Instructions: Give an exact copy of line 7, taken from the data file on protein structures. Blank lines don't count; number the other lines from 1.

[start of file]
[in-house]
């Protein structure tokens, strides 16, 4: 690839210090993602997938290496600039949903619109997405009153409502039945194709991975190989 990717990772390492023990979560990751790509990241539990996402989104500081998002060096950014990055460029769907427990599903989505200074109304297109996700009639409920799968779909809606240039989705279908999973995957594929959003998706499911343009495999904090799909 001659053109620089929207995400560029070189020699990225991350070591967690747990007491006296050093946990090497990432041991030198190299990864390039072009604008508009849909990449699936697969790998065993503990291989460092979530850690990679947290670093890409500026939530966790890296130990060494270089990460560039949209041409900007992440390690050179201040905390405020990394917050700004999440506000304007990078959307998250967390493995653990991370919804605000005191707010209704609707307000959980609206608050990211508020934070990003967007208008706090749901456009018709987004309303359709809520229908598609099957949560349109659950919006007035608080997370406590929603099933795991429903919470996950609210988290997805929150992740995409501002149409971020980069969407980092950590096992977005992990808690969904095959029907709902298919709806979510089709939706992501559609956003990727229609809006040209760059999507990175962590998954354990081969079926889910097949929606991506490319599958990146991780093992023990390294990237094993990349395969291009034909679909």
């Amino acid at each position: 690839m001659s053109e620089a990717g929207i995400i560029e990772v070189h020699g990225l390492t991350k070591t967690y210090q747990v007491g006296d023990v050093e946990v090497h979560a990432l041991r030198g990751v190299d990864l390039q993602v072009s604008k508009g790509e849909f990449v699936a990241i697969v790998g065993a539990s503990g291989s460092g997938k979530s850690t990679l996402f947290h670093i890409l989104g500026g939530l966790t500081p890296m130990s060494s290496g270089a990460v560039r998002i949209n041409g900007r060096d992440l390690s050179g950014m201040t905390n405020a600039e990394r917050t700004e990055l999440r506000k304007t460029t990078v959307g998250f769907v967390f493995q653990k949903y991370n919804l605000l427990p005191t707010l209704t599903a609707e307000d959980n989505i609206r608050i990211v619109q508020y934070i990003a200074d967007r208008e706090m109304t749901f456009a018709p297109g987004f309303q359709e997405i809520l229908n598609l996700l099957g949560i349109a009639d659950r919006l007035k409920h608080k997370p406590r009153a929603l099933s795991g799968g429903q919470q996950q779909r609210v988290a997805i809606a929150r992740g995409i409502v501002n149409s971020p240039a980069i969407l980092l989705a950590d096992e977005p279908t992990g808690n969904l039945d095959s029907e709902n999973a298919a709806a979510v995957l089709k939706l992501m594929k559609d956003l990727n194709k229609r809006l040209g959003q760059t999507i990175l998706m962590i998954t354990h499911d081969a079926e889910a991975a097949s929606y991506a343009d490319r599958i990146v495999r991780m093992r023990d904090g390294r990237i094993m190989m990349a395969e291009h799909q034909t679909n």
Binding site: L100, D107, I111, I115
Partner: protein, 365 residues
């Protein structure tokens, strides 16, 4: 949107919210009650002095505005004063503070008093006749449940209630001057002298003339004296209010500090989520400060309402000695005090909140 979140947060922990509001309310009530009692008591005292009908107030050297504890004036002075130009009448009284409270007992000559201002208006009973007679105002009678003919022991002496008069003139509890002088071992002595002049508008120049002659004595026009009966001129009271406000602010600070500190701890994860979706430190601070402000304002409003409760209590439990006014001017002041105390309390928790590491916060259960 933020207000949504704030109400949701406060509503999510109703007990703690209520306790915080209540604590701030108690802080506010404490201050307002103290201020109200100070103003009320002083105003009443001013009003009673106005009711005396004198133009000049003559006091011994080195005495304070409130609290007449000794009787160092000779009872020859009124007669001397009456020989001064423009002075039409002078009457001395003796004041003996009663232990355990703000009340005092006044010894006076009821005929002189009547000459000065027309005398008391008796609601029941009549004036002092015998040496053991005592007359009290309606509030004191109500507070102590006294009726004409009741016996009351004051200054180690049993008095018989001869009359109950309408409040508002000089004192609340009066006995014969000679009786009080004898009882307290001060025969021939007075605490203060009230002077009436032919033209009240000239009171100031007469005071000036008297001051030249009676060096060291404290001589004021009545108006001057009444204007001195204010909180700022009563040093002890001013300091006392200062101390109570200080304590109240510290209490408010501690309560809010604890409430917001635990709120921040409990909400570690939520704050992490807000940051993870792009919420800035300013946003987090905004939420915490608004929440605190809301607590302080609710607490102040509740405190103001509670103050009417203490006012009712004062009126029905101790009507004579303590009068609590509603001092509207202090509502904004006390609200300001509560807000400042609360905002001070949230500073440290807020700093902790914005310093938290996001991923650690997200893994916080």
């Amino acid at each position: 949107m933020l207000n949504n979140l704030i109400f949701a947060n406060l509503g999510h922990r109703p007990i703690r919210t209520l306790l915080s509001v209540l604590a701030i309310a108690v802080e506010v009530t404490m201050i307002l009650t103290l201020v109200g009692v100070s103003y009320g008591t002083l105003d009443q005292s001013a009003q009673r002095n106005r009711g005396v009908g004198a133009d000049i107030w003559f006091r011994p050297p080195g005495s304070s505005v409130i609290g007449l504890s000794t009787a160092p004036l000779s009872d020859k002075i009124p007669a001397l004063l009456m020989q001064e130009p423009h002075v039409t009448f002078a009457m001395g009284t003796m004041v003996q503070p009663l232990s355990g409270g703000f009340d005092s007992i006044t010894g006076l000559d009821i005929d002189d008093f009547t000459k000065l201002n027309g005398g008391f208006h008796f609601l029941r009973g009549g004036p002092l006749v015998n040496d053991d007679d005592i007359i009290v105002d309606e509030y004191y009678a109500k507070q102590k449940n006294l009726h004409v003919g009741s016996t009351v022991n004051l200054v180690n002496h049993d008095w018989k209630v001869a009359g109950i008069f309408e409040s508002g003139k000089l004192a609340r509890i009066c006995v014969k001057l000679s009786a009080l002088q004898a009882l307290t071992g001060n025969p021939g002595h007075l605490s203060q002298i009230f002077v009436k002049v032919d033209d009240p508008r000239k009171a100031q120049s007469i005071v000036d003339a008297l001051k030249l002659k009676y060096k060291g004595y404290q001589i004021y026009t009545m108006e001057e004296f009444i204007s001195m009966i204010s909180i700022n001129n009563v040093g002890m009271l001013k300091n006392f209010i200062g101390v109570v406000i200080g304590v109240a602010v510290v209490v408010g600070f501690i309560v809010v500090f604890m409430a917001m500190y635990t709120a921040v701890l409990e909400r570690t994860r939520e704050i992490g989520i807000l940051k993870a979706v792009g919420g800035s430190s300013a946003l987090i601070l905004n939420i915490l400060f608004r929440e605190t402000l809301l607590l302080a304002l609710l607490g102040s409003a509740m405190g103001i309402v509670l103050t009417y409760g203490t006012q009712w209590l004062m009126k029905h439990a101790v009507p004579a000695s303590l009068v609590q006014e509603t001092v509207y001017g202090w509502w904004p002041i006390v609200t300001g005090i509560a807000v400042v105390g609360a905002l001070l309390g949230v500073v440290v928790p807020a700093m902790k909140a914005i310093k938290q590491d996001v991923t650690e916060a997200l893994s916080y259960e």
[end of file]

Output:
């Amino acid at each position: 949107m933020l207000n949504n979140l704030i109400f949701a947060n406060l509503g999510h922990r109703p007990i703690r919210t209520l306790l915080s509001v209540l604590a701030i309310a108690v802080e506010v009530t404490m201050i307002l009650t103290l201020v109200g009692v100070s103003y009320g008591t002083l105003d009443q005292s001013a009003q009673r002095n106005r009711g005396v009908g004198a133009d000049i107030w003559f006091r011994p050297p080195g005495s304070s505005v409130i609290g007449l504890s000794t009787a160092p004036l000779s009872d020859k002075i009124p007669a001397l004063l009456m020989q001064e130009p423009h002075v039409t009448f002078a009457m001395g009284t003796m004041v003996q503070p009663l232990s355990g409270g703000f009340d005092s007992i006044t010894g006076l000559d009821i005929d002189d008093f009547t000459k000065l201002n027309g005398g008391f208006h008796f609601l029941r009973g009549g004036p002092l006749v015998n040496d053991d007679d005592i007359i009290v105002d309606e509030y004191y009678a109500k507070q102590k449940n006294l009726h004409v003919g009741s016996t009351v022991n004051l200054v180690n002496h049993d008095w018989k209630v001869a009359g109950i008069f309408e409040s508002g003139k000089l004192a609340r509890i009066c006995v014969k001057l000679s009786a009080l002088q004898a009882l307290t071992g001060n025969p021939g002595h007075l605490s203060q002298i009230f002077v009436k002049v032919d033209d009240p508008r000239k009171a100031q120049s007469i005071v000036d003339a008297l001051k030249l002659k009676y060096k060291g004595y404290q001589i004021y026009t009545m108006e001057e004296f009444i204007s001195m009966i204010s909180i700022n001129n009563v040093g002890m009271l001013k300091n006392f209010i200062g101390v109570v406000i200080g304590v109240a602010v510290v209490v408010g600070f501690i309560v809010v500090f604890m409430a917001m500190y635990t709120a921040v701890l409990e909400r570690t994860r939520e704050i992490g989520i807000l940051k993870a979706v792009g919420g800035s430190s300013a946003l987090i601070l905004n939420i915490l400060f608004r929440e605190t402000l809301l607590l302080a304002l609710l607490g102040s409003a509740m405190g103001i309402v509670l103050t009417y409760g203490t006012q009712w209590l004062m009126k029905h439990a101790v009507p004579a000695s303590l009068v609590q006014e509603t001092v509207y001017g202090w509502w904004p002041i006390v609200t300001g005090i509560a807000v400042v105390g609360a905002l001070l309390g949230v500073v440290v928790p807020a700093m902790k909140a914005i310093k938290q590491d996001v991923t650690e916060a997200l893994s916080y259960e």